But I don’t see how the Texans are a new coach away from greatness. This is a team that probably underachieved for some time in part due to coaching and then peaked in 2011. Now its time to begin turning parts of the roster over again. The Texans had 7 starters this year over the age of 30 and 8 over the age of 29, so turnover is a necessity. The short term cap position does not really lend itself to adding significantly to the team in free agency. The team does not have a Quarterback on the roster. There are just as many questions with this team as there are with most teams searching for a head coach. .
I don’t think that in terms of readiness that this job compares with some of the more recent coaching hires that included Mike Tomlin to the Steelers, Jim Harbaugh to the 49ers, or Rex Ryan to the Jets. The Steelers were set at the QB position when Tomlin took charge and did not really have a roster overhaul to consider. The other two coaches did not have Quarterbacks (though Ryan did end up with a top draft choice to play the position) but both had tremendous roster flexibility due to better managed salary caps and teams that had not yet peaked. At the time all three were highly desirable jobs.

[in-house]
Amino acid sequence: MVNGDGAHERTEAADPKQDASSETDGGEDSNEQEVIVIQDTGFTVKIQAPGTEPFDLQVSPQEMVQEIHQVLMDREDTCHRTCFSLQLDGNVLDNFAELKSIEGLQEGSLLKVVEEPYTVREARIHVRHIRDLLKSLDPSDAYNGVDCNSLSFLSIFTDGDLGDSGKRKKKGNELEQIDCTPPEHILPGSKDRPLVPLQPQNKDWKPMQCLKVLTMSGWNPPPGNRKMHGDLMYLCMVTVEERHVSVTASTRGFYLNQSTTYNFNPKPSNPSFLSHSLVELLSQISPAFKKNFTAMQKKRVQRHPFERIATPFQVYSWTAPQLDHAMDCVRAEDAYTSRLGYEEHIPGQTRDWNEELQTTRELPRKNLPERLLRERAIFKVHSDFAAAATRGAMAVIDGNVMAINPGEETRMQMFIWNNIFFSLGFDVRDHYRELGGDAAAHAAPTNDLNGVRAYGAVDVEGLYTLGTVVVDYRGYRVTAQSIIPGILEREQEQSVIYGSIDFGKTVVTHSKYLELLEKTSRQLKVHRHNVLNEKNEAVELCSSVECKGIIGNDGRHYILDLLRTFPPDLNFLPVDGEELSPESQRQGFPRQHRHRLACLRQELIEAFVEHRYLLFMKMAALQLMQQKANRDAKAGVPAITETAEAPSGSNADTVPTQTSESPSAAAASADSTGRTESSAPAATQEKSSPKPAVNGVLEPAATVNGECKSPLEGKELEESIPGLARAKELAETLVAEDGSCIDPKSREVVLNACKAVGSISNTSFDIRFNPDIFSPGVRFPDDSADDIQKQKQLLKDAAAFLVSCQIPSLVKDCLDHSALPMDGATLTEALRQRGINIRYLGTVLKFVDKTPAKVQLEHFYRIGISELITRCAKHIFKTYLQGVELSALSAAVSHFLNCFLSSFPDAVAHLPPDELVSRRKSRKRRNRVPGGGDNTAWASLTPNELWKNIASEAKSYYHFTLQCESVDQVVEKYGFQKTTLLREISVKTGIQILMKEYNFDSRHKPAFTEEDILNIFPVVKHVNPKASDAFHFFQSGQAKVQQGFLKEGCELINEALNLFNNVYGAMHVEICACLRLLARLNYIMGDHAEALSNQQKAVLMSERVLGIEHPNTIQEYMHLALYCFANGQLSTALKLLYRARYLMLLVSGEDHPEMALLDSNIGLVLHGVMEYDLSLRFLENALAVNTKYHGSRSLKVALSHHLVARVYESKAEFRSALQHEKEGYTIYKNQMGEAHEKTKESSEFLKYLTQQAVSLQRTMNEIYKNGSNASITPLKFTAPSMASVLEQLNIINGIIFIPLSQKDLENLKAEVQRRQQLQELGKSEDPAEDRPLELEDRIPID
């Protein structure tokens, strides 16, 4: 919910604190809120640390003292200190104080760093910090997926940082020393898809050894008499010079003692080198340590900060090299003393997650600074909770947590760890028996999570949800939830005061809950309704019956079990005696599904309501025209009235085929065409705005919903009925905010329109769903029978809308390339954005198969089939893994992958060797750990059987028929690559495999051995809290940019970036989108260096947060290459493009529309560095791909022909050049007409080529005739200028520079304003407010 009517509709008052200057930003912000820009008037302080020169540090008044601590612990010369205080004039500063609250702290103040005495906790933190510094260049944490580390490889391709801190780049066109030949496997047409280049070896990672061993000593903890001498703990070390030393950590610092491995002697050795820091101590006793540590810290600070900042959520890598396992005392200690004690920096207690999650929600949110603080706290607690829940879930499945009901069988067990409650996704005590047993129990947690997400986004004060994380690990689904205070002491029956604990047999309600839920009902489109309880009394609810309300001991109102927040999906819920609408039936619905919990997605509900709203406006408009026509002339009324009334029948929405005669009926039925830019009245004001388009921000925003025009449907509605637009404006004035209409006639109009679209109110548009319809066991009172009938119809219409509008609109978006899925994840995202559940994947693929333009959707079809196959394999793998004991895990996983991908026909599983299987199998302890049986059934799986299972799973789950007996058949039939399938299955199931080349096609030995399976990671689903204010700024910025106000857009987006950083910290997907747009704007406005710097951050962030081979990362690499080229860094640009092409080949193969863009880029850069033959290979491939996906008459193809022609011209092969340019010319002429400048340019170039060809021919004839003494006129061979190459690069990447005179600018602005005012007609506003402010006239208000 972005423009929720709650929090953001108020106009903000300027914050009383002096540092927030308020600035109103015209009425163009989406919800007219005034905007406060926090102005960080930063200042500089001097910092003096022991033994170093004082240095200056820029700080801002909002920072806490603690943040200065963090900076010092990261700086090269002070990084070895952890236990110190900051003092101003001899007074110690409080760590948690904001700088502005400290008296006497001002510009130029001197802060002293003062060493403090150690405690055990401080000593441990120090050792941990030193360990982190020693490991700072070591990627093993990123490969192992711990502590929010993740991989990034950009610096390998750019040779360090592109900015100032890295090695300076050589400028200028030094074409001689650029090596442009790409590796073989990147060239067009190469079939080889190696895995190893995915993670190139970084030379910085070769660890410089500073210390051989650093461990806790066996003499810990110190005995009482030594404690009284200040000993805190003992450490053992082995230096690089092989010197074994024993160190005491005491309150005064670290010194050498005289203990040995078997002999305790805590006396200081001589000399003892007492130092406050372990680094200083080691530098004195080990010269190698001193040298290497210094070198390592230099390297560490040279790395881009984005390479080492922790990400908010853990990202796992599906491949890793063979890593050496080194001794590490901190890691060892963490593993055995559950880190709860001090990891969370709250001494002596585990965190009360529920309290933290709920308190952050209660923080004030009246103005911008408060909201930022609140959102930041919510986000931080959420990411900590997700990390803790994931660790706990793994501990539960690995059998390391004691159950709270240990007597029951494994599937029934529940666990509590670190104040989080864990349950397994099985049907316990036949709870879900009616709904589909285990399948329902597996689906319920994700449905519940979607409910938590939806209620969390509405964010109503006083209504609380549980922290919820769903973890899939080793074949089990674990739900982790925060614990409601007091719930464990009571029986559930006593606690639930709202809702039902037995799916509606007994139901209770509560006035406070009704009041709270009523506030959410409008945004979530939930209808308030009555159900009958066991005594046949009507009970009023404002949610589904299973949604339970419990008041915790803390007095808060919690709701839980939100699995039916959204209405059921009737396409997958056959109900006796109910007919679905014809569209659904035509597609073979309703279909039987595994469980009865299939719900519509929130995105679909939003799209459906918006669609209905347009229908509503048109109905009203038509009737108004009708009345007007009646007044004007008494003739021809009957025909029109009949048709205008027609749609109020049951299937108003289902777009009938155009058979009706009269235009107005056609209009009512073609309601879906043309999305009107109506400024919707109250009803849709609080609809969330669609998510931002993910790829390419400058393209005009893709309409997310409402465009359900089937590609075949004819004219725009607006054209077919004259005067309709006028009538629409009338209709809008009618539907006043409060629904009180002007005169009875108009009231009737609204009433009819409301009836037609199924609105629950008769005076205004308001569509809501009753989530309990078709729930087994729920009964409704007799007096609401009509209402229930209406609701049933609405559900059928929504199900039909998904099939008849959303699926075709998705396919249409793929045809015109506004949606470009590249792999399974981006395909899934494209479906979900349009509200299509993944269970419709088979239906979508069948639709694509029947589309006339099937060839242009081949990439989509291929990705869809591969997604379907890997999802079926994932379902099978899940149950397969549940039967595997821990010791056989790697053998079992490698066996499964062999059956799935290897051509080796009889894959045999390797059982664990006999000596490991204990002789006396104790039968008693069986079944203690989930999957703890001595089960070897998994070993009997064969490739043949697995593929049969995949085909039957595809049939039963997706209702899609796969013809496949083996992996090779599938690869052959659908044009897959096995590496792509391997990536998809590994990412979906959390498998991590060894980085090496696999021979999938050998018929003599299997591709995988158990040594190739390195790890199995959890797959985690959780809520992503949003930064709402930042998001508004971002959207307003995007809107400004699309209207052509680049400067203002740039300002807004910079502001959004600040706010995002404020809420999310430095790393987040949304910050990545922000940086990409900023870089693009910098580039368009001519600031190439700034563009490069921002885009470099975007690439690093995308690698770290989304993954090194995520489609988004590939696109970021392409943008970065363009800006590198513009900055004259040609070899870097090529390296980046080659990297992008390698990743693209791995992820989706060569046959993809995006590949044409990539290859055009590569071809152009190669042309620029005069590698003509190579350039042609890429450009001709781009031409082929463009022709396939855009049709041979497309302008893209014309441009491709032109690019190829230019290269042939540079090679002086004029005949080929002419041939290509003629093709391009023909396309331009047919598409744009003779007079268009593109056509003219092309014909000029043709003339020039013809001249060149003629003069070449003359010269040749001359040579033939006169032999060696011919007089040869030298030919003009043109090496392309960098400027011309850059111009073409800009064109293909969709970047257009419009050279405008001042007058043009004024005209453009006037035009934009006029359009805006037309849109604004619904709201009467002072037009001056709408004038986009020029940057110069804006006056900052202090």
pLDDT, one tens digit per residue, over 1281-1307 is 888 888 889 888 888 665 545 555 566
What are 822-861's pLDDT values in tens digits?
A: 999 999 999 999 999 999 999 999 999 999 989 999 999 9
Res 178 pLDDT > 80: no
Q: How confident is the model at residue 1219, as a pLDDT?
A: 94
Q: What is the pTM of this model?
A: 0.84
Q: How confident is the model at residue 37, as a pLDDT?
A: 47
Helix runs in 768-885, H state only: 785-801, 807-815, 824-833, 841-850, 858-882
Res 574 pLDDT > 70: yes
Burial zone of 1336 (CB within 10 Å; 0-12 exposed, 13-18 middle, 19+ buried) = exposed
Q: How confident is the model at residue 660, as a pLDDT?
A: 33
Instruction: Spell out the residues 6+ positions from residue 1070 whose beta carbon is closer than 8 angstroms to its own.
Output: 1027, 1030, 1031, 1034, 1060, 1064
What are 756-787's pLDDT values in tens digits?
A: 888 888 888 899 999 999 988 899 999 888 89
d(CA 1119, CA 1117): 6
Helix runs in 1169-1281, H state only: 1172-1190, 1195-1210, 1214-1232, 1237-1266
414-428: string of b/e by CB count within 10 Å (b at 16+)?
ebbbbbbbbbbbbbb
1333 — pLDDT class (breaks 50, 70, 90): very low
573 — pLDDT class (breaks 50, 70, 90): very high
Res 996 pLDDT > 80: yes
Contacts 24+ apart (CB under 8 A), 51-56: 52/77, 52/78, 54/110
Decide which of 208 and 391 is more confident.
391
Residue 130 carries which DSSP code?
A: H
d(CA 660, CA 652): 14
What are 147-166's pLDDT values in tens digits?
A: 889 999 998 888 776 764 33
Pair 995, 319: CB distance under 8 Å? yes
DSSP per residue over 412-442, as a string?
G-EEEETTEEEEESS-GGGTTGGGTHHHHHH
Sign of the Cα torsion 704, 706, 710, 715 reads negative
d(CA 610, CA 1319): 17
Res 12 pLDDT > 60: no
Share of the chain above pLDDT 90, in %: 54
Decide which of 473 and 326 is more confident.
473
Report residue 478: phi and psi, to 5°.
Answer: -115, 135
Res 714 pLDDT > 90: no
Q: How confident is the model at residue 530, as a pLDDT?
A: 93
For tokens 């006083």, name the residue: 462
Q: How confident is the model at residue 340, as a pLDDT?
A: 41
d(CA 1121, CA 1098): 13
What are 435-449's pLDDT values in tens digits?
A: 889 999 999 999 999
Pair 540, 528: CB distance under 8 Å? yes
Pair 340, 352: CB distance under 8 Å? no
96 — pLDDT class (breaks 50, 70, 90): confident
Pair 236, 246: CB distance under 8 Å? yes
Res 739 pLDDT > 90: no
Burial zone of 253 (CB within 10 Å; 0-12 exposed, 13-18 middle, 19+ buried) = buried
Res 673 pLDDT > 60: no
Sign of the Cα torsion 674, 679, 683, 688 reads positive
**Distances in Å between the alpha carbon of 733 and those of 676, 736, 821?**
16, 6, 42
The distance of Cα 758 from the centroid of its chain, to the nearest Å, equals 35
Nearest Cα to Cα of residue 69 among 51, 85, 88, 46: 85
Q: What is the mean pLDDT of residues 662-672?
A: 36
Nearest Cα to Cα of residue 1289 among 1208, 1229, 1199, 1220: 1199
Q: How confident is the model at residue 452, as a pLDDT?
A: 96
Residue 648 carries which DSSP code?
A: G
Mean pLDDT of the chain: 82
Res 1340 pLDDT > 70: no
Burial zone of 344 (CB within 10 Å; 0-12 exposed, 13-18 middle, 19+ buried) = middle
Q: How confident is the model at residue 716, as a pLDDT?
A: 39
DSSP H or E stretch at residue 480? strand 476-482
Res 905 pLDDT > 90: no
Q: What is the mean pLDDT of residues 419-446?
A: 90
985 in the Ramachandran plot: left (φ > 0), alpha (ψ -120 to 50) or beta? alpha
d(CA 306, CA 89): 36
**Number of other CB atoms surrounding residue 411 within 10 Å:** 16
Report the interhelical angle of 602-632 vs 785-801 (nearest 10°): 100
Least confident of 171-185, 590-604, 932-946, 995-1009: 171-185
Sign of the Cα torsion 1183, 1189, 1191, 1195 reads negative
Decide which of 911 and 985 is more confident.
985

The Texans are not a bad job like the Raiders, but to me they are a rebuilding team that must first navigate the breaking down of a team following successful period of football before they make the turn to returning deeper into the playoffs. Any coach that takes the team over should be expected to improve off this seasons dreadful performance but most likely it will take two to three years to drive home the results that many seem to think are just going to happen overnight.
Jason is the founder of OTC and has been studying NFL contracts and the salary cap for over 15 years. Jason has co-authored two books about the NFL, Crunching Numbers and the Drafting Stage, which are widely circulated in the industry and hosts the OTC Podcast. Jason’s work has been featured in various publications including the Sporting News, Sports Illustrated, NFL Network and more. OTC is widely considered the leading authority on contract matters in the NFL.